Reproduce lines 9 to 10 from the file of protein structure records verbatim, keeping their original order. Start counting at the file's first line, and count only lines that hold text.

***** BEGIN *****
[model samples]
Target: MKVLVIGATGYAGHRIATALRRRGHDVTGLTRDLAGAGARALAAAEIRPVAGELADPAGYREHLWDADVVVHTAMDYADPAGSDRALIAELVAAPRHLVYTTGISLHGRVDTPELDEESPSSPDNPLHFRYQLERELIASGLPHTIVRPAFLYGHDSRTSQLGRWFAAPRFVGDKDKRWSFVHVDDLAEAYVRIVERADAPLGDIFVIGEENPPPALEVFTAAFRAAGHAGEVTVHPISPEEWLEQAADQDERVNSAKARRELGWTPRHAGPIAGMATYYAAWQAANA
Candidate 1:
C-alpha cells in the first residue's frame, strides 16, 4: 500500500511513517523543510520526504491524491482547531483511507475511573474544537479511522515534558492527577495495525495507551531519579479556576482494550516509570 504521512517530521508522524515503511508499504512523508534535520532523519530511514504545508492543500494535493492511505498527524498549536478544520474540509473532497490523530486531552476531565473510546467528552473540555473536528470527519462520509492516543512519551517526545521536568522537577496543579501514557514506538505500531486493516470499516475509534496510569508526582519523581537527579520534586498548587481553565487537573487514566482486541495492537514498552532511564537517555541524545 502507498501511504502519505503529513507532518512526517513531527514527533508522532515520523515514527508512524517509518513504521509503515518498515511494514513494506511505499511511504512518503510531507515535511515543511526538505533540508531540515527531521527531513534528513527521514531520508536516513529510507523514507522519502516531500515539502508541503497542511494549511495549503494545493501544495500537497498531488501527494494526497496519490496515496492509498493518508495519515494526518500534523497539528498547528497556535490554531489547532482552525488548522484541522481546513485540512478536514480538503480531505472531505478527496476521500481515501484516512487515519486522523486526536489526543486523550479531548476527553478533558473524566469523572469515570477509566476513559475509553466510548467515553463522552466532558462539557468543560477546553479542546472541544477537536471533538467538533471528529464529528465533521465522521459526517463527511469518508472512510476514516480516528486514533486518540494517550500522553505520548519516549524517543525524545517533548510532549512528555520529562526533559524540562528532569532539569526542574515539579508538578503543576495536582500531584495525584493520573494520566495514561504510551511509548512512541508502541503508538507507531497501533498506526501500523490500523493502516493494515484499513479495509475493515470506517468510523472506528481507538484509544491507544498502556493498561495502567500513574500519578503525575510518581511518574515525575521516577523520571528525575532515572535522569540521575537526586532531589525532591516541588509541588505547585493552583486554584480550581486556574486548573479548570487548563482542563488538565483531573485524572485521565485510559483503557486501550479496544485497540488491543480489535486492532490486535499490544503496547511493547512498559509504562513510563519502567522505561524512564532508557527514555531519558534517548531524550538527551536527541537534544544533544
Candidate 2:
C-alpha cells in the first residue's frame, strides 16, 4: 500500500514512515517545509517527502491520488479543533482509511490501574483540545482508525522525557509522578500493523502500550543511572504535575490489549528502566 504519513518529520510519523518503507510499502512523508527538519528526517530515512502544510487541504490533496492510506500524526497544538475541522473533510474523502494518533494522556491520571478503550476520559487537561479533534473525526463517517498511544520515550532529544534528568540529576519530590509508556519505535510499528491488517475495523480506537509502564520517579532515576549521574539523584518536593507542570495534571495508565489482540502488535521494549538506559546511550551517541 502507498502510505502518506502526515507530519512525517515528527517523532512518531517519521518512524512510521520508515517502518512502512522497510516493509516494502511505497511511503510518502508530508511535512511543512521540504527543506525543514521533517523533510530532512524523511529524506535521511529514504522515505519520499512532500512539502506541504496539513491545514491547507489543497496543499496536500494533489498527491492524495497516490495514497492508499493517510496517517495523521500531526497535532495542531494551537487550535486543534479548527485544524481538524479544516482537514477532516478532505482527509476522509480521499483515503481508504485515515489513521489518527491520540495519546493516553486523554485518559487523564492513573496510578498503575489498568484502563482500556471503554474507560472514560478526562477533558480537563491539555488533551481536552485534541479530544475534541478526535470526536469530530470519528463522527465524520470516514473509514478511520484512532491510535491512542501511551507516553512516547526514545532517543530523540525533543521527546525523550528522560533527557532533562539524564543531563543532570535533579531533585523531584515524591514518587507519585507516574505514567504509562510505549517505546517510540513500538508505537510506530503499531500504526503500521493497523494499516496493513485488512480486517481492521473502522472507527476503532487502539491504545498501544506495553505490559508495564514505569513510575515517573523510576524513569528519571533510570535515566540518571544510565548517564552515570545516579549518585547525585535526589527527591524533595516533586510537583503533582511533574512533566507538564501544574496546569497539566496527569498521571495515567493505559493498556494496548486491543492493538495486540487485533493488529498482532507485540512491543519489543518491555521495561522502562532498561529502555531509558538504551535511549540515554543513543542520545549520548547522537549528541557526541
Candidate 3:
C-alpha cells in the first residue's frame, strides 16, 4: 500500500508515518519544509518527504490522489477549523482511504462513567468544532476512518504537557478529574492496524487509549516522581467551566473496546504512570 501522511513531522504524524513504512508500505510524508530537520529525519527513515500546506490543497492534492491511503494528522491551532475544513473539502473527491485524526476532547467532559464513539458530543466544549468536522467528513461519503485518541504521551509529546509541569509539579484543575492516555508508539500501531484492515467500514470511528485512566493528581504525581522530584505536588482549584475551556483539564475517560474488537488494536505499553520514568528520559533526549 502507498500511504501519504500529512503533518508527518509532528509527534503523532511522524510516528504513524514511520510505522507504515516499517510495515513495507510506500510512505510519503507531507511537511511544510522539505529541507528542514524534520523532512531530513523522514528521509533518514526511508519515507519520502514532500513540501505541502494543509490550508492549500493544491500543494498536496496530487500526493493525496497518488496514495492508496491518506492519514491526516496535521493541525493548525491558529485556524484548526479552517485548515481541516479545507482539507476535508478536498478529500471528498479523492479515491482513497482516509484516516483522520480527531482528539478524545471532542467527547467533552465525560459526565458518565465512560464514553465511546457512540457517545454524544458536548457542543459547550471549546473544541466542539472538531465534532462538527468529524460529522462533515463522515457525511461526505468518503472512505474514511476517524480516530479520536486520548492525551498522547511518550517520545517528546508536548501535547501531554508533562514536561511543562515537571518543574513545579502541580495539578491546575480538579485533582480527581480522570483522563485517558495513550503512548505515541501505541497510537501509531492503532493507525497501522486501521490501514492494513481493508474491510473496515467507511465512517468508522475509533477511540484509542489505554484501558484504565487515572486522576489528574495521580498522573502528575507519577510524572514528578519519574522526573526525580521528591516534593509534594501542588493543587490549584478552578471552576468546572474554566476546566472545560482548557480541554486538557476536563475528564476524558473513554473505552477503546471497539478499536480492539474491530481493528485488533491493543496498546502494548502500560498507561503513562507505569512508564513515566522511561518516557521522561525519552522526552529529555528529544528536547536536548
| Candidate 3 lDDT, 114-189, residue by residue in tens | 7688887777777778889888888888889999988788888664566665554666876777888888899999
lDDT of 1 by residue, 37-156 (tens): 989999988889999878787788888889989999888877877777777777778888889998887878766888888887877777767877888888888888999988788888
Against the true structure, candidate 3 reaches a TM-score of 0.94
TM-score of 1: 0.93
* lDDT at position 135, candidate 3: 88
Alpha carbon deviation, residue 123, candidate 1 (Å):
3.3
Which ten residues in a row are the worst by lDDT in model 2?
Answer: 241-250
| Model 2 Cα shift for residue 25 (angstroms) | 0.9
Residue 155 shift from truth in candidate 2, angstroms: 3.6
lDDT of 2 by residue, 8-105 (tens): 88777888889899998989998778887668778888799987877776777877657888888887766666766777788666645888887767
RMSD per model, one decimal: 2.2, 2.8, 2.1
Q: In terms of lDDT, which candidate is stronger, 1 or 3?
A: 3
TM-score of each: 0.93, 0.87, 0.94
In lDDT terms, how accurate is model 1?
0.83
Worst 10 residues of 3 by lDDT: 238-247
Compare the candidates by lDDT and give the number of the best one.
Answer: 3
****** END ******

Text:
| Candidate 3 lDDT, 114-189, residue by residue in tens | 7688887777777778889888888888889999988788888664566665554666876777888888899999
lDDT of 1 by residue, 37-156 (tens): 989999988889999878787788888889989999888877877777777777778888889998887878766888888887877777767877888888888888999988788888